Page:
Approaching complex multimodal phenomena in educational settings – Insights from theory

Publication Name

Australian Journal of Language and Literacy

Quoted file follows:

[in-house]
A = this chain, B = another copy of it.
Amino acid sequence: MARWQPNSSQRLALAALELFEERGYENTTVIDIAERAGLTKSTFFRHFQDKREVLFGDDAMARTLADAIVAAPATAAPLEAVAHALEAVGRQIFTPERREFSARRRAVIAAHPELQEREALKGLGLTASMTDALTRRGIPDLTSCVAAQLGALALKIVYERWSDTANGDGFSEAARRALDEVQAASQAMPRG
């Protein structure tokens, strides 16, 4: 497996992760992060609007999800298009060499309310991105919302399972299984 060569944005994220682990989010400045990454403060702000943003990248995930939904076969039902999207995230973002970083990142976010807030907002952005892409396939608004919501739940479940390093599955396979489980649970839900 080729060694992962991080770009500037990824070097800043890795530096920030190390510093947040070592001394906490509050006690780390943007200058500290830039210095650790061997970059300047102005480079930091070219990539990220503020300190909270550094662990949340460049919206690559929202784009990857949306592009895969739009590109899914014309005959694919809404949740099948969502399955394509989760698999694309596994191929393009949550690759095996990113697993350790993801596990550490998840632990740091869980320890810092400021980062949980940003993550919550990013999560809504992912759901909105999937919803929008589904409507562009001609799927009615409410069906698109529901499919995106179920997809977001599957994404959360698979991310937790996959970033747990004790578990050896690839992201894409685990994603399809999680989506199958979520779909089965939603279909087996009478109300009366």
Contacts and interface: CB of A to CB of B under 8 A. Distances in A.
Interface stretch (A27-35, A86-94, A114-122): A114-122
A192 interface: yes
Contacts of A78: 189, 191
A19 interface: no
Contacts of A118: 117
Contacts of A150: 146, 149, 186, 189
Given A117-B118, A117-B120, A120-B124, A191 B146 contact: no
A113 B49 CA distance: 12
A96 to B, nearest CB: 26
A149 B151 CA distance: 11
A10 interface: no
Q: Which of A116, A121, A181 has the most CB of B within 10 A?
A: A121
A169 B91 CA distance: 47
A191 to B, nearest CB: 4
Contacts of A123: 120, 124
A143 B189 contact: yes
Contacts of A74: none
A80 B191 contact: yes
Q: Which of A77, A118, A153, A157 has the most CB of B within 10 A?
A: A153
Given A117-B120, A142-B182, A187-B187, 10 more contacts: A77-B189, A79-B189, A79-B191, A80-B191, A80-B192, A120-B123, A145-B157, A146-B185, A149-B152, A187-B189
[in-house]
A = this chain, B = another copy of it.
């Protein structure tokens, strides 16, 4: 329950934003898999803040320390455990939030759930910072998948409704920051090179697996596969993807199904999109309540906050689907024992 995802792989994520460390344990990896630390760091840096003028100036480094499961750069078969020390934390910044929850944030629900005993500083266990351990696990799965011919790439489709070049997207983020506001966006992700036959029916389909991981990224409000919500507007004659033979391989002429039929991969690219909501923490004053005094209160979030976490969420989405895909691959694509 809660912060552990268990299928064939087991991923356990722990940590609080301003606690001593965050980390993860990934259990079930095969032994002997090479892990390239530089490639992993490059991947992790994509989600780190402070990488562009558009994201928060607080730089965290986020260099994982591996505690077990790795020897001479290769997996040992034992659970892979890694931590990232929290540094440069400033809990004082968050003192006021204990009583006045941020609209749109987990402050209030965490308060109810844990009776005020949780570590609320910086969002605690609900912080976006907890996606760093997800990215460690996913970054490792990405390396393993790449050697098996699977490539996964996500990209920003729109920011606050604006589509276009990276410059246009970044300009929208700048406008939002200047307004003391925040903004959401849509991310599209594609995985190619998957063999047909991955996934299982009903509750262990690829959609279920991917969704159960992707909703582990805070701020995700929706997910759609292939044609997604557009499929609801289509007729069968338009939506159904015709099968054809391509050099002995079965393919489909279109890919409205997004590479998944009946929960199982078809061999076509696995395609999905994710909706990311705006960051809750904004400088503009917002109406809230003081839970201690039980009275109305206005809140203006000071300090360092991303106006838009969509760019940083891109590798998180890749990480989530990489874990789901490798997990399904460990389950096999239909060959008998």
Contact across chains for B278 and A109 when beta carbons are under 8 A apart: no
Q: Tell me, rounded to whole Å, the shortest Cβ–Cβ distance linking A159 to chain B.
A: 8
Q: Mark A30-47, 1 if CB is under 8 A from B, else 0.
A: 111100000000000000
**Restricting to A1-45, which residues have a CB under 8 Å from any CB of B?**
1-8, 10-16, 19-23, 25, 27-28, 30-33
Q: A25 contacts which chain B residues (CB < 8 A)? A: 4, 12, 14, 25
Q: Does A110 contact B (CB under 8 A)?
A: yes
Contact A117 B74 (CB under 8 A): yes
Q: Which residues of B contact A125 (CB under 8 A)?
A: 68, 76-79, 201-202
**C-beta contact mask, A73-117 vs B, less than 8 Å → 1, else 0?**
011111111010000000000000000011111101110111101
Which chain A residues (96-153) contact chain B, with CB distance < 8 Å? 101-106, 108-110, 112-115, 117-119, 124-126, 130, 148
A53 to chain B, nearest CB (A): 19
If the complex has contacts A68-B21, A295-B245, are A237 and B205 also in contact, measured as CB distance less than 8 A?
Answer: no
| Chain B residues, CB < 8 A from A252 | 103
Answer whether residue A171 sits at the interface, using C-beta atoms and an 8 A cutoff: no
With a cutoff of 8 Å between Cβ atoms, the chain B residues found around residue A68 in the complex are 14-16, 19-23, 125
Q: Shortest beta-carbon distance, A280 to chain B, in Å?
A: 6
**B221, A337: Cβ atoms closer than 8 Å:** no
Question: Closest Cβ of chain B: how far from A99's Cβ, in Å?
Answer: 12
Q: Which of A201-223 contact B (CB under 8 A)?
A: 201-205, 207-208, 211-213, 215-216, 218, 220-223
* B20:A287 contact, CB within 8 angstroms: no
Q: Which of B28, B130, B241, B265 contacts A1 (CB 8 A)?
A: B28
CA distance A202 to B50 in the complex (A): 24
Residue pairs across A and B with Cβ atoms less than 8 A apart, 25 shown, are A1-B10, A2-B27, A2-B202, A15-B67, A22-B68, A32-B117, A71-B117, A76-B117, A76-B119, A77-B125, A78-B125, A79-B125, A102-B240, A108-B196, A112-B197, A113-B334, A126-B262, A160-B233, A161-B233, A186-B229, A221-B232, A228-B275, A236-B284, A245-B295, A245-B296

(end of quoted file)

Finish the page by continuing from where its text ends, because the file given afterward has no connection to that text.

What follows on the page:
Digital media tasks are increasingly used in university settings to assess students’ scientific knowledge. The use of such tasks has generated the need for principled analytical approaches to better understand how meaning-making operates in these artefacts. However, there has been a proliferation of approaches to multimodality in recent years and as a result deciding which tools to use is challenging for analysts and for subsequent translation into pedagogy. Systemic functional approaches to multimodal phenomena have proved useful as we study the digital artefacts produced in tertiary science classrooms. These approaches are grounded in Halliday’s (1994) social-semiotic theories of language and influenced by Kress and van Leeuwen’s (2006) visual grammar. Here, we present insights from theoretical and methodological developments in systemic functional approaches to multimodal phenomena. We illustrate these insights with a student-generated digital media artefact, revealing the affordances of a systemic functional approach and the perspectives it offers on semiosis.

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